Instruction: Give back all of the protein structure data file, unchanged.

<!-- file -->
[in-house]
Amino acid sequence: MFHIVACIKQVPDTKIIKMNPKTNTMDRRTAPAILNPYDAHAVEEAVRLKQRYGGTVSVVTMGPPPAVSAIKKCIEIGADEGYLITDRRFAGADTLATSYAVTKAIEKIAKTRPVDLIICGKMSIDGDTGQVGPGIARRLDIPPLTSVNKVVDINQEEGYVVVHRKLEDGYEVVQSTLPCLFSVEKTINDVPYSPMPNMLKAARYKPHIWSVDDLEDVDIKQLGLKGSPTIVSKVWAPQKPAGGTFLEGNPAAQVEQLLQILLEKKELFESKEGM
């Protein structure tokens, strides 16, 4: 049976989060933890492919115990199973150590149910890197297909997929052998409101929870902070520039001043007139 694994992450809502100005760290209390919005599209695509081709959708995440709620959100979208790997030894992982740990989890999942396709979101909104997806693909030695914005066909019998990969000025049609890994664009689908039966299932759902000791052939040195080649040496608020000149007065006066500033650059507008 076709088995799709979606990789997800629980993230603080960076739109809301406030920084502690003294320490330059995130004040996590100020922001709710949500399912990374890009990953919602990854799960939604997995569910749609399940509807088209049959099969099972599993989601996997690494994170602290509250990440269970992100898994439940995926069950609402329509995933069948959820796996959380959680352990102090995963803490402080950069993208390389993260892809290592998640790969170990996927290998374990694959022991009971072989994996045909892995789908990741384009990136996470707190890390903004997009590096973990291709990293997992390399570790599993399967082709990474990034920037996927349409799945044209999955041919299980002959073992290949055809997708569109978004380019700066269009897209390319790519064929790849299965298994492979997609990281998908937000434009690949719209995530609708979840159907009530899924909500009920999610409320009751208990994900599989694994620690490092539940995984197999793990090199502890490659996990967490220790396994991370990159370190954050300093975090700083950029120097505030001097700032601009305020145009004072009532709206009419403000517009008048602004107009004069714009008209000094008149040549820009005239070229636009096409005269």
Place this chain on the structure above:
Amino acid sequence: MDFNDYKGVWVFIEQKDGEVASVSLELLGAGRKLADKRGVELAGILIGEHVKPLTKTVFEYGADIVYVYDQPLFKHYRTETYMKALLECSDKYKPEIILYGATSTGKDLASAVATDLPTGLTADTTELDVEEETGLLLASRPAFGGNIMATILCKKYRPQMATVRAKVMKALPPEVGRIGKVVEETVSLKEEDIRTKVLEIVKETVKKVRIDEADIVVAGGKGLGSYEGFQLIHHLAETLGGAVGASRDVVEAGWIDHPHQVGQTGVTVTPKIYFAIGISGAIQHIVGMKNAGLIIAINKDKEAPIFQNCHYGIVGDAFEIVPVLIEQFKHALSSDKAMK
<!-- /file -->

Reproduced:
[in-house]
Amino acid sequence: MFHIVACIKQVPDTKIIKMNPKTNTMDRRTAPAILNPYDAHAVEEAVRLKQRYGGTVSVVTMGPPPAVSAIKKCIEIGADEGYLITDRRFAGADTLATSYAVTKAIEKIAKTRPVDLIICGKMSIDGDTGQVGPGIARRLDIPPLTSVNKVVDINQEEGYVVVHRKLEDGYEVVQSTLPCLFSVEKTINDVPYSPMPNMLKAARYKPHIWSVDDLEDVDIKQLGLKGSPTIVSKVWAPQKPAGGTFLEGNPAAQVEQLLQILLEKKELFESKEGM
């Protein structure tokens, strides 16, 4: 049976989060933890492919115990199973150590149910890197297909997929052998409101929870902070520039001043007139 694994992450809502100005760290209390919005599209695509081709959708995440709620959100979208790997030894992982740990989890999942396709979101909104997806693909030695914005066909019998990969000025049609890994664009689908039966299932759902000791052939040195080649040496608020000149007065006066500033650059507008 076709088995799709979606990789997800629980993230603080960076739109809301406030920084502690003294320490330059995130004040996590100020922001709710949500399912990374890009990953919602990854799960939604997995569910749609399940509807088209049959099969099972599993989601996997690494994170602290509250990440269970992100898994439940995926069950609402329509995933069948959820796996959380959680352990102090995963803490402080950069993208390389993260892809290592998640790969170990996927290998374990694959022991009971072989994996045909892995789908990741384009990136996470707190890390903004997009590096973990291709990293997992390399570790599993399967082709990474990034920037996927349409799945044209999955041919299980002959073992290949055809997708569109978004380019700066269009897209390319790519064929790849299965298994492979997609990281998908937000434009690949719209995530609708979840159907009530899924909500009920999610409320009751208990994900599989694994620690490092539940995984197999793990090199502890490659996990967490220790396994991370990159370190954050300093975090700083950029120097505030001097700032601009305020145009004072009532709206009419403000517009008048602004107009004069714009008209000094008149040549820009005239070229636009096409005269």
Place this chain on the structure above:
Amino acid sequence: MDFNDYKGVWVFIEQKDGEVASVSLELLGAGRKLADKRGVELAGILIGEHVKPLTKTVFEYGADIVYVYDQPLFKHYRTETYMKALLECSDKYKPEIILYGATSTGKDLASAVATDLPTGLTADTTELDVEEETGLLLASRPAFGGNIMATILCKKYRPQMATVRAKVMKALPPEVGRIGKVVEETVSLKEEDIRTKVLEIVKETVKKVRIDEADIVVAGGKGLGSYEGFQLIHHLAETLGGAVGASRDVVEAGWIDHPHQVGQTGVTVTPKIYFAIGISGAIQHIVGMKNAGLIIAINKDKEAPIFQNCHYGIVGDAFEIVPVLIEQFKHALSSDKAMK